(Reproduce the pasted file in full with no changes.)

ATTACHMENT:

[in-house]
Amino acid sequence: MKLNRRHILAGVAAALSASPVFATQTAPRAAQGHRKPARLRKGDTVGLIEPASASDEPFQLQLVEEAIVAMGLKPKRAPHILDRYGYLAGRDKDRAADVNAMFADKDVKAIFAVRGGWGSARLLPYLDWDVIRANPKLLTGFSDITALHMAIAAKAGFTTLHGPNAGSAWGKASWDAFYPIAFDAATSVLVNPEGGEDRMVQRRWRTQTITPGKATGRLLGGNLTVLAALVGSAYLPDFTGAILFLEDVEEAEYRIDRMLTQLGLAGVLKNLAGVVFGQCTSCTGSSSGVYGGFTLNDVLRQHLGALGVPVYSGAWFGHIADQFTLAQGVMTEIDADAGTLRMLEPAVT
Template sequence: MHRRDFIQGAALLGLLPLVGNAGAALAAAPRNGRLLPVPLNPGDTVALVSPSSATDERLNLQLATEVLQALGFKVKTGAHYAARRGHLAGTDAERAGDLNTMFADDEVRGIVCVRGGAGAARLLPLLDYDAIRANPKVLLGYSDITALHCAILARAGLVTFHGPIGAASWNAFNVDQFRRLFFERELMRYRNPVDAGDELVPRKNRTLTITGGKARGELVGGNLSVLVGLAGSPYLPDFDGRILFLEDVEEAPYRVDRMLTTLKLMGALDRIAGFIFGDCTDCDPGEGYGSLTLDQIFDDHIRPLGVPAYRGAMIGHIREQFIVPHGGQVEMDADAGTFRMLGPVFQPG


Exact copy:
[in-house]
Amino acid sequence: MKLNRRHILAGVAAALSASPVFATQTAPRAAQGHRKPARLRKGDTVGLIEPASASDEPFQLQLVEEAIVAMGLKPKRAPHILDRYGYLAGRDKDRAADVNAMFADKDVKAIFAVRGGWGSARLLPYLDWDVIRANPKLLTGFSDITALHMAIAAKAGFTTLHGPNAGSAWGKASWDAFYPIAFDAATSVLVNPEGGEDRMVQRRWRTQTITPGKATGRLLGGNLTVLAALVGSAYLPDFTGAILFLEDVEEAEYRIDRMLTQLGLAGVLKNLAGVVFGQCTSCTGSSSGVYGGFTLNDVLRQHLGALGVPVYSGAWFGHIADQFTLAQGVMTEIDADAGTLRMLEPAVT
Template sequence: MHRRDFIQGAALLGLLPLVGNAGAALAAAPRNGRLLPVPLNPGDTVALVSPSSATDERLNLQLATEVLQALGFKVKTGAHYAARRGHLAGTDAERAGDLNTMFADDEVRGIVCVRGGAGAARLLPLLDYDAIRANPKVLLGYSDITALHCAILARAGLVTFHGPIGAASWNAFNVDQFRRLFFERELMRYRNPVDAGDELVPRKNRTLTITGGKARGELVGGNLSVLVGLAGSPYLPDFDGRILFLEDVEEAPYRVDRMLTTLKLMGALDRIAGFIFGDCTDCDPGEGYGSLTLDQIFDDHIRPLGVPAYRGAMIGHIREQFIVPHGGQVEMDADAGTFRMLGPVFQPG